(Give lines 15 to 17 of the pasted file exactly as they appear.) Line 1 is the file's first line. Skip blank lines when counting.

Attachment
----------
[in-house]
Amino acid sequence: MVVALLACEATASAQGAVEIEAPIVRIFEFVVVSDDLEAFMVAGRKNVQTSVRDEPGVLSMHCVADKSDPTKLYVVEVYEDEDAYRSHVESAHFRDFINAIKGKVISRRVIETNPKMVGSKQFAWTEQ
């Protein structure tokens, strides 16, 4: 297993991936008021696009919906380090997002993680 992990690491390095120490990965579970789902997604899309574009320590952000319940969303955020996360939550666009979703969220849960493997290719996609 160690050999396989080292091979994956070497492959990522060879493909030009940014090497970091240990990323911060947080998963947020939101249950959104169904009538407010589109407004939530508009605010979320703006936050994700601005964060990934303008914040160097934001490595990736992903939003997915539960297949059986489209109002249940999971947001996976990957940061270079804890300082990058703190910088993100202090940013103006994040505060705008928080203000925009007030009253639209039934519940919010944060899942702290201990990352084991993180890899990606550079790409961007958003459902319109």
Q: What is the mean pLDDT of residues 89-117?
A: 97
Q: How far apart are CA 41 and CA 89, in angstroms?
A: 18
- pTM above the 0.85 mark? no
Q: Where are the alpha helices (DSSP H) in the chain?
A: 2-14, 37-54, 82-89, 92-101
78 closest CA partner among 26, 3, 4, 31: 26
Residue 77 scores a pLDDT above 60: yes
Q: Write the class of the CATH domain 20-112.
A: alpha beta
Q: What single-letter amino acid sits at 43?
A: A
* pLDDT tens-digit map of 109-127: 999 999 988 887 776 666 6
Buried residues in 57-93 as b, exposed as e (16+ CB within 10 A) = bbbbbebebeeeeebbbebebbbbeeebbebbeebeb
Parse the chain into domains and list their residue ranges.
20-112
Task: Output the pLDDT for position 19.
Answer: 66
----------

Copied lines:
Q: What single-letter amino acid sits at 43?
A: A
* pLDDT tens-digit map of 109-127: 999 999 988 887 776 666 6